>> The Reserve Bank of India on Thursday forced an injection of about
>> $2.5 billion into the currency market with a unequivocal fiat in its
>> fight to rein in an increasingly flyaway rupee.
> An external injection of a commodity is precisely what a zero-sum game
> is not. Another way to define a zero-sum game is a "closed system".
> Here, there is an obvious violation. Reading a bit further suggests that
> the headline was pulled from a quoted comment (as the quotation marks in
> the hed actually point to as well).
>> "If this assumption is true, there may not be generation of
>> significant dollar supplies in the system as companies will resort to
>> selling cash dollars and buying forward dollars to meet import
>> obligations. The RBI's firm actions help to release bearish momentum
>> on the rupee to provide marginal correction and not trend reversal. On
>> the other hand, it also generates higher demand from importers with
>> forward dollar looking cheap to acquire. Hence, it is a zero-sum
>> game," said Harding.
> This explanation does not point to a zero-sum game, but rather to a
> negative relationship--the increases in one correspond to losses in
> another, but there is simply no balance to be maintained.
> Yet another Indian piece on the condition of India's mutual funds seems
> to be just wrong.
> A sports reporter, on the other hand, summed the situation up rather nicely.
>> For better and for worse -- mostly better -- that's Rondo. The points,
>> the assists, the stats, they don't mean a lot to him. He views
>> basketball as a zero-sum game: Somebody won, somebody lost and the
>> rest of it is, as he says, "irrelevant."
> PS: New proverb mash: when you're dumber than a bag of hammers,
> everything looks like a bunch of rusty nails.
> On 6/2/2012 6:56 PM, Benjamin Barrett wrote:
>> Thank you for that response. I'm glad to see there's a reason for my =
>> The grammar "X is/are a zero-sum game" seems to be normal.
>> I looked at a few examples on the web, and some seem to use it =
>> correctly, while others I still cannot figure out. Here are a few that =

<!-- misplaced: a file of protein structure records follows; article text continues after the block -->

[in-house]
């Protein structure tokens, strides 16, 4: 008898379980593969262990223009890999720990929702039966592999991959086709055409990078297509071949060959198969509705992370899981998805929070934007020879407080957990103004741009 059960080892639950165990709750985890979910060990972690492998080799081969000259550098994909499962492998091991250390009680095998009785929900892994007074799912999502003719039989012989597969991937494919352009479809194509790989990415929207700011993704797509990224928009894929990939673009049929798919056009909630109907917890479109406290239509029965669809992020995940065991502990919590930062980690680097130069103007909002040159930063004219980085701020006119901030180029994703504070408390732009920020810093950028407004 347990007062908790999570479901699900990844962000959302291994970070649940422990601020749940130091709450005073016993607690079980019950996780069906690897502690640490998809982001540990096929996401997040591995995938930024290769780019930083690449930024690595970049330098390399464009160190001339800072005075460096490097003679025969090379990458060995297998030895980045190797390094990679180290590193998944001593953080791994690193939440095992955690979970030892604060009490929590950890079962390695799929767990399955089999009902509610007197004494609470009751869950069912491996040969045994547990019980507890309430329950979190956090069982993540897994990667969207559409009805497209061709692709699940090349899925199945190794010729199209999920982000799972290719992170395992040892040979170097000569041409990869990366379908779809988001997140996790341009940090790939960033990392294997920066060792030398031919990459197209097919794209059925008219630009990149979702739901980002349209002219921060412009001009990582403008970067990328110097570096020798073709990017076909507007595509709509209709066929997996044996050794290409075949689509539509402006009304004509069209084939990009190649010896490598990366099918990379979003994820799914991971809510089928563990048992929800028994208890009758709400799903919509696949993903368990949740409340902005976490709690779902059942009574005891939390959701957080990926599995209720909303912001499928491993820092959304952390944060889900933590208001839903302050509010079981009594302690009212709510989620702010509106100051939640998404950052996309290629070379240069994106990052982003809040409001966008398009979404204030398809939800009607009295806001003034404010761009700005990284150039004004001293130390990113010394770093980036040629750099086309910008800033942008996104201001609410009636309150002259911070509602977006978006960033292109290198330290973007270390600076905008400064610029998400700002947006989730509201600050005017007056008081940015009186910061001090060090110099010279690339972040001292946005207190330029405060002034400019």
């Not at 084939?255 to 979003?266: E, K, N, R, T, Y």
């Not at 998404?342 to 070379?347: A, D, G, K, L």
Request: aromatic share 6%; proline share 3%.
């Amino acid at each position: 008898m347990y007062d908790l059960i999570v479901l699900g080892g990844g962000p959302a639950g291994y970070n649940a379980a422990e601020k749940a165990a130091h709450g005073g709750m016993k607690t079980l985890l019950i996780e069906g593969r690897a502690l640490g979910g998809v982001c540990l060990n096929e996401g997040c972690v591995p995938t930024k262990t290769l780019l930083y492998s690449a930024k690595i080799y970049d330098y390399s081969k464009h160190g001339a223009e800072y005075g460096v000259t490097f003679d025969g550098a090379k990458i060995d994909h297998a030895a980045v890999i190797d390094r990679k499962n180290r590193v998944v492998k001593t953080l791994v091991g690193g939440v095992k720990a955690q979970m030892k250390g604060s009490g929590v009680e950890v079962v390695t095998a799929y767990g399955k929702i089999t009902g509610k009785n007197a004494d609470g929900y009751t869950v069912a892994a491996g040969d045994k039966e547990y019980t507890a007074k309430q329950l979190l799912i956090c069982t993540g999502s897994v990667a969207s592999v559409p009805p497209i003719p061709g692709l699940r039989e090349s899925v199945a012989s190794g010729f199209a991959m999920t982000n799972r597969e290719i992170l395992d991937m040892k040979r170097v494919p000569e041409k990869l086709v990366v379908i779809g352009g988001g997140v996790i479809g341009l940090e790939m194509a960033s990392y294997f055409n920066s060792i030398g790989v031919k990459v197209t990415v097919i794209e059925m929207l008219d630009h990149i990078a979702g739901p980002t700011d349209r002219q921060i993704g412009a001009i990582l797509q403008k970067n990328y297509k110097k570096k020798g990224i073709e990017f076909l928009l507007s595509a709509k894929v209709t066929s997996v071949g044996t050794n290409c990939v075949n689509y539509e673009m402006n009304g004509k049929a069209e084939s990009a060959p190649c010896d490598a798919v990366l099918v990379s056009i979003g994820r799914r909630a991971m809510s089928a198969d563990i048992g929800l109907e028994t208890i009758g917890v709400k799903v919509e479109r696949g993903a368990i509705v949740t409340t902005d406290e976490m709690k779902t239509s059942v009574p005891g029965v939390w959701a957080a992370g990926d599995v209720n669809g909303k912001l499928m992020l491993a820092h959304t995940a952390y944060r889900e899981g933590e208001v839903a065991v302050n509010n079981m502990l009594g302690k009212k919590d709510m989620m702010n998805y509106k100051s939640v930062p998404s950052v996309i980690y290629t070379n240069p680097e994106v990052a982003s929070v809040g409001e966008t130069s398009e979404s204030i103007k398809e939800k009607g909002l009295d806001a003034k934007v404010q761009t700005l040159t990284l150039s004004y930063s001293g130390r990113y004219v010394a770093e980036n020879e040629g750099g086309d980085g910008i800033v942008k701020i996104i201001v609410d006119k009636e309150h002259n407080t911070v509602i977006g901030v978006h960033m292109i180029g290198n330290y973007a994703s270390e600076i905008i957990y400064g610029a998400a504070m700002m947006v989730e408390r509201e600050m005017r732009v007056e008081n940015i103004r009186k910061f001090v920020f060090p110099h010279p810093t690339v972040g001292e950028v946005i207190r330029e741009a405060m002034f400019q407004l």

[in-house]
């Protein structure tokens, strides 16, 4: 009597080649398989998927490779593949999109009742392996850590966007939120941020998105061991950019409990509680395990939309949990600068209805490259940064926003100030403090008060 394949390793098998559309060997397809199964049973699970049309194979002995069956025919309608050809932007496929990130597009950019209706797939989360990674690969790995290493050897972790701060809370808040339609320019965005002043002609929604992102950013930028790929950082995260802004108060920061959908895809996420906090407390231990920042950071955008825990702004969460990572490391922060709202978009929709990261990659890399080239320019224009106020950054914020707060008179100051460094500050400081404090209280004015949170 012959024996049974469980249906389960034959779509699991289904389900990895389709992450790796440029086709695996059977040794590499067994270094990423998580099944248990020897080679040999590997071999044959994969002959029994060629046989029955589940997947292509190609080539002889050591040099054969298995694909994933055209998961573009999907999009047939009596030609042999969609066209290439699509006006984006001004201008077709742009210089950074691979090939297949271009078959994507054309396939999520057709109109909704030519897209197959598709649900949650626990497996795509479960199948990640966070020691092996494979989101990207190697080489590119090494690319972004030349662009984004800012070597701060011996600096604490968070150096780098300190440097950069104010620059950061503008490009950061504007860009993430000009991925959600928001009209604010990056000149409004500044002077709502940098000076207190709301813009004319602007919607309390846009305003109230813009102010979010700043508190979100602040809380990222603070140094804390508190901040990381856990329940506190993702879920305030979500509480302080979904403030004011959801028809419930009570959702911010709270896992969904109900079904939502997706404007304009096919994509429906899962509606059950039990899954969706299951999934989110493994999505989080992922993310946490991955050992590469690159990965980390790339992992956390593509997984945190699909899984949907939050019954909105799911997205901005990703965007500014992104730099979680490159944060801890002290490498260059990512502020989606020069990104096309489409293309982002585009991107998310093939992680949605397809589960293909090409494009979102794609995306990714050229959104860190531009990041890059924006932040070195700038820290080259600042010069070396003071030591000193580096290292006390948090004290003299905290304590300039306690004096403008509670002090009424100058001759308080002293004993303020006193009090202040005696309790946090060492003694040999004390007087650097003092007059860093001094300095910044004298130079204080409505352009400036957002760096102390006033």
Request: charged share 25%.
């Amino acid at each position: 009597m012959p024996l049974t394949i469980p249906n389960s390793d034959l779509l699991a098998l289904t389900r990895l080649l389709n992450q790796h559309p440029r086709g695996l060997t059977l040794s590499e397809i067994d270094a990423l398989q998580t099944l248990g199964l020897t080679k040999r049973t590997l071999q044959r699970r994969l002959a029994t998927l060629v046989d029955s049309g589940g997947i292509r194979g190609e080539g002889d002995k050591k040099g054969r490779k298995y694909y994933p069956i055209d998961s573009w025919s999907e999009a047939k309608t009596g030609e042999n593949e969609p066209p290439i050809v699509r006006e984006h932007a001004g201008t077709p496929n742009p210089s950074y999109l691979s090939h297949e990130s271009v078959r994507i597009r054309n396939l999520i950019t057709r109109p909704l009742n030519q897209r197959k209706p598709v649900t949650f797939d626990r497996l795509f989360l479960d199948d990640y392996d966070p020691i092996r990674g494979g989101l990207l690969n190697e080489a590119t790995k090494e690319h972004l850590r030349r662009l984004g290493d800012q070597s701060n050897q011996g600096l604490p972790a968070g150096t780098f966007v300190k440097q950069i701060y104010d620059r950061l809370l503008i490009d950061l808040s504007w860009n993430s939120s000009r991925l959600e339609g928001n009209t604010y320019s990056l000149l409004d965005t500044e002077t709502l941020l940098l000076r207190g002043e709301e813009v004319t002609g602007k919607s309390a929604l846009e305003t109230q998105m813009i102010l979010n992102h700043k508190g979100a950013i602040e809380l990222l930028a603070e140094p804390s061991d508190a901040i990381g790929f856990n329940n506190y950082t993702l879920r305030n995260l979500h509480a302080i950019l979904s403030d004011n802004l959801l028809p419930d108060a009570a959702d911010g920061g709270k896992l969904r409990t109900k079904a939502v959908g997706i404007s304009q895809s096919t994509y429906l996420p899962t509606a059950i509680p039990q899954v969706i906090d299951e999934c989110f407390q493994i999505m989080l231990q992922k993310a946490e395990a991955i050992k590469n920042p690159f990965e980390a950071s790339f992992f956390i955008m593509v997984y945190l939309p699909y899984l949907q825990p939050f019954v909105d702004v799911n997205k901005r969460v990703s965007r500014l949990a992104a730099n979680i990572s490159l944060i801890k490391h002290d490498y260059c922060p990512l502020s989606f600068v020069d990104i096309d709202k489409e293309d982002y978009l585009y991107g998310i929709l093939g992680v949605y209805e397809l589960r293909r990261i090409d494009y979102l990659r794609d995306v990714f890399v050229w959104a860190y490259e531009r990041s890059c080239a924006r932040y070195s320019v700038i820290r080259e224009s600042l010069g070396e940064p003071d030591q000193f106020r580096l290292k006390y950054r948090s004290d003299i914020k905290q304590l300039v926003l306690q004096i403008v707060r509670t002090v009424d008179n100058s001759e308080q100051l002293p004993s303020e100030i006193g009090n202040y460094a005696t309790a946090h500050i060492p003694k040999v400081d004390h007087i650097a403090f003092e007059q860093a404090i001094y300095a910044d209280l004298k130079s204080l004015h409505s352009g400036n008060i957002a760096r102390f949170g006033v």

>> seem odd:
>> Here's on one Gigaom that seems to mean "nothing positive results from =
>> engaging in the zero-sum game (using an app to find apps)":
>> And here's one from the China Daily that seems to mean "promoting one's =
>> own interests without regard to others' interests":
>> Here are two that take "zero-sum" more literally:
>> =46rom the TriplePundit, seemingly posing not replenishing wasted =
>> materials as a zero-sum game because then there is no waste (zero equals =
>> Suffering in this life is balanced by rewards in heaven, resulting in a =
>> "zero-sum game" (though there is also mention that this same zero-sum =
>> game involves the wicked benefitting while the good suffer):
>> When used more or less correctly, it seems that "zero-sum game" does =
>> indeed mean one party gains while the other loses with the difference =
>> being more or less equal:
>> Here's an article that says that competition for products is a zero-sum =
>> game, in that you buy Company A's or Company B's widget but not both, =
>> but that content is not a zero-sum game:
>> Here, the US says that it can grow relations with both India and China, =
>> and therefore its relations between the two are not a zero-sum game =
>> (pitting two relationships against each other in the zero-sum game):
>> Here's one that puzzles me from the New York Times where the zero-sum =
>> game is an African country having good relations with China OR the US =
>> but not both (the article argues that is not the case):
>> Here, "time is a zero-sum game" (opportunity cost in terms of time) =
>> because you can do A or B within time X, but not both:
>> Benjamin Barrett
>> Seattle, WA
>> On Jun 1, 2012, at 9:27 PM, Victor Steinbok wrote:
>>> Like other originally technical terms, this is one is often misused.
>>> There should be some tracking done on how people use the expression, =
>>> I doubt it's any indication of an actual shift.
>>> On 6/1/2012 8:20 PM, Benjamin Barrett wrote:
>>>> I've struggled with the expression "zero-sum game" for quite a while. =
>> I often think it's my lack of understanding, but I think I've found a =
>> clear example where the use varies from the standard definition, such as =
>> "(of a game or situation) in which whatever is gained by one side is =
>> lost by the other: altruism is not a zero-sum game" for "zero-sum" in =
>> the Mac dictionary.
>>>> "On Facebook, 'Likes' Become Ads" by Somini Sengupta in the New York =
>> Times (on post-gazette.com)
>>>> "So Sponsored Stories creates a zero-sum game," Mr. Goldman wrote. "I =
>> as a user probably don't get any value from the public presentation of =
>> my implicit endorsement (if anything, it might hurt my position with my =
>> friends), but Facebook and its advertisers benefit from it."
>>>> Here, Facebook users who "like" a product are then featured as liking =
>> that product to their Facebook "friends." Mr. Goldman's face is =
>> appearing on his "friends'" feeds or ad bar, but I don't think he's =
>> losing anything at all.
>>>> Even in the case of altruism (the example in the Mac dictionary), the =
>> benefactor is going out of their way to do something nice to the =
>> recipient of the altruistic act, so there is some sort of loss, but can =
>> Mr. Goldman's appearance as pseudo-ads somehow factor in a zero-sum =